(2) A plant referred to in subsection (1) shall have a warning notice, indicating the nature of the danger, in a form readily understood by the persons in the workplace and shall be marked on or attached to the plant or, if this is not practicable, be posted in a conspicuous location near the plant.

Storage

(1) All goods, articles and substances stored in a workplace shall be stored or stacked—

(a)  in such manner as will ensure their stability and prevent any fall or collapse of the stack;

(b) in such manner as not to interfere with the adequate distribution of natural or artificial light, the natural ventilation systems, the proper operation of machines or other equipment, the unobstructed use of passageways, gangways or traffic lanes, and the efficient functioning of sprinkler systems, the unobstructed access to other fire extinguishing equipments within the workplace;

(c) on firm foundations not liable to overload any floor.

(2) No goods, articles or substances shall be stored or stacked against a wall or partition unless the wall or partition is of sufficient strength to withstand any pressure caused thereby.

Ladders

(1) Every ladder to be issued in workplace shall be of good construction, sound material adequate strength and suitable for the purpose for which it is used and shall be properly maintained.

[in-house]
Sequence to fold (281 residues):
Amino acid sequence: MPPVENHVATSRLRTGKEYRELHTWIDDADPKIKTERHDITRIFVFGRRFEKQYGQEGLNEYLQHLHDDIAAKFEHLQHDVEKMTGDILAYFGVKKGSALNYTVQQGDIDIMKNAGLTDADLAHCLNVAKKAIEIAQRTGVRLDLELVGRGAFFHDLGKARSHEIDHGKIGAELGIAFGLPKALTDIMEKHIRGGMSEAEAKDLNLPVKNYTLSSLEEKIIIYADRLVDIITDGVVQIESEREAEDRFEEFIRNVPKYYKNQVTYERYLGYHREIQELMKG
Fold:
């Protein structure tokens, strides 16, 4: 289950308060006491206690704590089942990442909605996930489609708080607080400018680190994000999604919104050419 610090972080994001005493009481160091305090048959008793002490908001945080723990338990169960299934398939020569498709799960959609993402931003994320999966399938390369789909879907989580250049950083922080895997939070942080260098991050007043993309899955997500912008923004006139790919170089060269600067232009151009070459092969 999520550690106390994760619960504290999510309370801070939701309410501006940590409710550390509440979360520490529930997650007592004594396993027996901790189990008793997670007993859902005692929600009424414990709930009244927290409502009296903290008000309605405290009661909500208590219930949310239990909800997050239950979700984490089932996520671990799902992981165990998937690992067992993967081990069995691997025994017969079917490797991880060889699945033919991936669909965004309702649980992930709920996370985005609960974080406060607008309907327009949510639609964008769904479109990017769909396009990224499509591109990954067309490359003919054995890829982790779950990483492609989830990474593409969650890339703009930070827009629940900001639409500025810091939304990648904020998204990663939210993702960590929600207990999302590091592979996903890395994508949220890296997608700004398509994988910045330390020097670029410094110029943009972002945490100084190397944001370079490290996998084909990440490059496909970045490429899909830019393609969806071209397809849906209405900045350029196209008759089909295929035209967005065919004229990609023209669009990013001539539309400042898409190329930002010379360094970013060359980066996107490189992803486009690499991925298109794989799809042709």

(2) No ladder shall be used unless—

(a)  it is securely fixed in a position to prevent it from   slipping or falling, except that when this is impracticable, a person shall be stationed at the base of the ladder to prevent it from slipping or falling;

(b)  it stands on a firm and level footing except in the case of suspended ladder;

(c)  it is secured where necessary to prevent sagging;

Ergonomics at the workplace (Section76)

(1) Machinery, equipment, personal protective equipment, appliances and hand tools used in all workplaces shall comply with the prescribed safety and health standards and be appropriately installed, maintained and safe guarded.

(2) Every employer shall take necessary steps to ensure that workstations, equipment and work tasks are adapted to fit the employee and the employee‘s ability including protection against mental strain.